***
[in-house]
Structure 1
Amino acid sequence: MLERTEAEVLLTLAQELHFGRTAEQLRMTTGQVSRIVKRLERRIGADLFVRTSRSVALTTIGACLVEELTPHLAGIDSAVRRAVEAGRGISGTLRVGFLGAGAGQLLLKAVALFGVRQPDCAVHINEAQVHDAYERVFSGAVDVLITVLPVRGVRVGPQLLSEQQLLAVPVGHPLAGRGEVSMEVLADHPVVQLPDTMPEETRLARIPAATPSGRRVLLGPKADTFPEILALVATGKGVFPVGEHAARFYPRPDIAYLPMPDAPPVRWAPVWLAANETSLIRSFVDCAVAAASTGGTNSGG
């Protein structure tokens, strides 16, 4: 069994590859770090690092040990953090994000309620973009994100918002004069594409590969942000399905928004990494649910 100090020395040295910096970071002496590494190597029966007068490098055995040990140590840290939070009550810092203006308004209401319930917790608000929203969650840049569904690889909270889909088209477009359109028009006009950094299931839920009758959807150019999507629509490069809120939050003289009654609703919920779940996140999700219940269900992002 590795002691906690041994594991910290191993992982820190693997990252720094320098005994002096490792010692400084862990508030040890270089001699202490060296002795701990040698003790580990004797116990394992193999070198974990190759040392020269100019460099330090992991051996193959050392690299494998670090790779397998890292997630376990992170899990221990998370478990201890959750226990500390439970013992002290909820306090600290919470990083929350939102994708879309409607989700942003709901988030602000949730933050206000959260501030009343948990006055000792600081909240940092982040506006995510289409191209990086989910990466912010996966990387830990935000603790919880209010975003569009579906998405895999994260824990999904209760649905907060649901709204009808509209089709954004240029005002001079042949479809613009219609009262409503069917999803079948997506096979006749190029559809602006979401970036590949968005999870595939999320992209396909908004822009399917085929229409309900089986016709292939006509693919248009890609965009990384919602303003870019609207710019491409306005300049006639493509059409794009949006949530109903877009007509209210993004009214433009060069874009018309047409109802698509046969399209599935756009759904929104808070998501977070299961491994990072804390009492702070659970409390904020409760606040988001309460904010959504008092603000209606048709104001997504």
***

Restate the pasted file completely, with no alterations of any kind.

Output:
[in-house]
Structure 1
Amino acid sequence: MLERTEAEVLLTLAQELHFGRTAEQLRMTTGQVSRIVKRLERRIGADLFVRTSRSVALTTIGACLVEELTPHLAGIDSAVRRAVEAGRGISGTLRVGFLGAGAGQLLLKAVALFGVRQPDCAVHINEAQVHDAYERVFSGAVDVLITVLPVRGVRVGPQLLSEQQLLAVPVGHPLAGRGEVSMEVLADHPVVQLPDTMPEETRLARIPAATPSGRRVLLGPKADTFPEILALVATGKGVFPVGEHAARFYPRPDIAYLPMPDAPPVRWAPVWLAANETSLIRSFVDCAVAAASTGGTNSGG
């Protein structure tokens, strides 16, 4: 069994590859770090690092040990953090994000309620973009994100918002004069594409590969942000399905928004990494649910 100090020395040295910096970071002496590494190597029966007068490098055995040990140590840290939070009550810092203006308004209401319930917790608000929203969650840049569904690889909270889909088209477009359109028009006009950094299931839920009758959807150019999507629509490069809120939050003289009654609703919920779940996140999700219940269900992002 590795002691906690041994594991910290191993992982820190693997990252720094320098005994002096490792010692400084862990508030040890270089001699202490060296002795701990040698003790580990004797116990394992193999070198974990190759040392020269100019460099330090992991051996193959050392690299494998670090790779397998890292997630376990992170899990221990998370478990201890959750226990500390439970013992002290909820306090600290919470990083929350939102994708879309409607989700942003709901988030602000949730933050206000959260501030009343948990006055000792600081909240940092982040506006995510289409191209990086989910990466912010996966990387830990935000603790919880209010975003569009579906998405895999994260824990999904209760649905907060649901709204009808509209089709954004240029005002001079042949479809613009219609009262409503069917999803079948997506096979006749190029559809602006979401970036590949968005999870595939999320992209396909908004822009399917085929229409309900089986016709292939006509693919248009890609965009990384919602303003870019609207710019491409306005300049006639493509059409794009949006949530109903877009007509209210993004009214433009060069874009018309047409109802698509046969399209599935756009759904929104808070998501977070299961491994990072804390009492702070659970409390904020409760606040988001309460904010959504008092603000209606048709104001997504």